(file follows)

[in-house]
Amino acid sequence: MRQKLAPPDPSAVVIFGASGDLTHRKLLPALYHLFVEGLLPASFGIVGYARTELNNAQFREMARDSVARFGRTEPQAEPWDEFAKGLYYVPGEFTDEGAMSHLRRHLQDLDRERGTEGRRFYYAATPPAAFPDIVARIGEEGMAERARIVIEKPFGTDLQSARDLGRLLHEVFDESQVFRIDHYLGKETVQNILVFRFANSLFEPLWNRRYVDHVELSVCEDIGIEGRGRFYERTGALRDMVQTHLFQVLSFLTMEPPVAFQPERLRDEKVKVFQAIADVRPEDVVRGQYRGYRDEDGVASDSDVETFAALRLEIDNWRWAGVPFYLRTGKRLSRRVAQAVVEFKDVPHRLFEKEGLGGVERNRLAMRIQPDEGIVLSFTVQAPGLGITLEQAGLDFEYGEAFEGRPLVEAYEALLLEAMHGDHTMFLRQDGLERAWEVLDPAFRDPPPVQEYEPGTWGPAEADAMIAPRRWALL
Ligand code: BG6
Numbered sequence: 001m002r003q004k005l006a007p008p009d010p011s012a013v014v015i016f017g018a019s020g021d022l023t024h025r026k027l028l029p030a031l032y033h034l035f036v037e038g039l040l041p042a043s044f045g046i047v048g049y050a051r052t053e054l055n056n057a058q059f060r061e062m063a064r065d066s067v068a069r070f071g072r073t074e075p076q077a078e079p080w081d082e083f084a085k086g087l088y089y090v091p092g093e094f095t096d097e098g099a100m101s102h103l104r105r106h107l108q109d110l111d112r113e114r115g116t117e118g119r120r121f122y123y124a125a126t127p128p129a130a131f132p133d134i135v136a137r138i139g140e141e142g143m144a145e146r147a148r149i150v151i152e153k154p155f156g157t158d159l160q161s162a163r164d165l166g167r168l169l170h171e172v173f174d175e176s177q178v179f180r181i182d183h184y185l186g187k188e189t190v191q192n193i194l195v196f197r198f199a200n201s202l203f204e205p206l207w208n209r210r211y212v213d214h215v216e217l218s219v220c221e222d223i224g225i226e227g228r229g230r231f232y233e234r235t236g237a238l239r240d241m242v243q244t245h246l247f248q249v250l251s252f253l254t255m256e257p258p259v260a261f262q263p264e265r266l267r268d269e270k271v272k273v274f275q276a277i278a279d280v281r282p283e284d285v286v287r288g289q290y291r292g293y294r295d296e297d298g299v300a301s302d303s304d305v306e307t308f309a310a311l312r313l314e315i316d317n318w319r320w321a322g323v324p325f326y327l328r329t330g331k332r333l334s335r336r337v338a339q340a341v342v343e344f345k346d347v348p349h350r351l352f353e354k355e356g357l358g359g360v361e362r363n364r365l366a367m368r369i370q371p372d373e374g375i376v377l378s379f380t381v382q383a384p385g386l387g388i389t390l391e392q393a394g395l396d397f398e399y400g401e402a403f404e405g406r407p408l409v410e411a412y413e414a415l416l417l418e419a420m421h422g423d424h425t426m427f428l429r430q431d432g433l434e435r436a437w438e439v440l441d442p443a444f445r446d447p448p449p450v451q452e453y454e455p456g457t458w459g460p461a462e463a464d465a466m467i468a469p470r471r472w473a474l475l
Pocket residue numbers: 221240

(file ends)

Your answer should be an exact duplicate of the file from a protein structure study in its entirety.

[in-house]
Amino acid sequence: MRQKLAPPDPSAVVIFGASGDLTHRKLLPALYHLFVEGLLPASFGIVGYARTELNNAQFREMARDSVARFGRTEPQAEPWDEFAKGLYYVPGEFTDEGAMSHLRRHLQDLDRERGTEGRRFYYAATPPAAFPDIVARIGEEGMAERARIVIEKPFGTDLQSARDLGRLLHEVFDESQVFRIDHYLGKETVQNILVFRFANSLFEPLWNRRYVDHVELSVCEDIGIEGRGRFYERTGALRDMVQTHLFQVLSFLTMEPPVAFQPERLRDEKVKVFQAIADVRPEDVVRGQYRGYRDEDGVASDSDVETFAALRLEIDNWRWAGVPFYLRTGKRLSRRVAQAVVEFKDVPHRLFEKEGLGGVERNRLAMRIQPDEGIVLSFTVQAPGLGITLEQAGLDFEYGEAFEGRPLVEAYEALLLEAMHGDHTMFLRQDGLERAWEVLDPAFRDPPPVQEYEPGTWGPAEADAMIAPRRWALL
Ligand code: BG6
Numbered sequence: 001m002r003q004k005l006a007p008p009d010p011s012a013v014v015i016f017g018a019s020g021d022l023t024h025r026k027l028l029p030a031l032y033h034l035f036v037e038g039l040l041p042a043s044f045g046i047v048g049y050a051r052t053e054l055n056n057a058q059f060r061e062m063a064r065d066s067v068a069r070f071g072r073t074e075p076q077a078e079p080w081d082e083f084a085k086g087l088y089y090v091p092g093e094f095t096d097e098g099a100m101s102h103l104r105r106h107l108q109d110l111d112r113e114r115g116t117e118g119r120r121f122y123y124a125a126t127p128p129a130a131f132p133d134i135v136a137r138i139g140e141e142g143m144a145e146r147a148r149i150v151i152e153k154p155f156g157t158d159l160q161s162a163r164d165l166g167r168l169l170h171e172v173f174d175e176s177q178v179f180r181i182d183h184y185l186g187k188e189t190v191q192n193i194l195v196f197r198f199a200n201s202l203f204e205p206l207w208n209r210r211y212v213d214h215v216e217l218s219v220c221e222d223i224g225i226e227g228r229g230r231f232y233e234r235t236g237a238l239r240d241m242v243q244t245h246l247f248q249v250l251s252f253l254t255m256e257p258p259v260a261f262q263p264e265r266l267r268d269e270k271v272k273v274f275q276a277i278a279d280v281r282p283e284d285v286v287r288g289q290y291r292g293y294r295d296e297d298g299v300a301s302d303s304d305v306e307t308f309a310a311l312r313l314e315i316d317n318w319r320w321a322g323v324p325f326y327l328r329t330g331k332r333l334s335r336r337v338a339q340a341v342v343e344f345k346d347v348p349h350r351l352f353e354k355e356g357l358g359g360v361e362r363n364r365l366a367m368r369i370q371p372d373e374g375i376v377l378s379f380t381v382q383a384p385g386l387g388i389t390l391e392q393a394g395l396d397f398e399y400g401e402a403f404e405g406r407p408l409v410e411a412y413e414a415l416l417l418e419a420m421h422g423d424h425t426m427f428l429r430q431d432g433l434e435r436a437w438e439v440l441d442p443a444f445r446d447p448p449p450v451q452e453y454e455p456g457t458w459g460p461a462e463a464d465a466m467i468a469p470r471r472w473a474l475l
Pocket residue numbers: 221240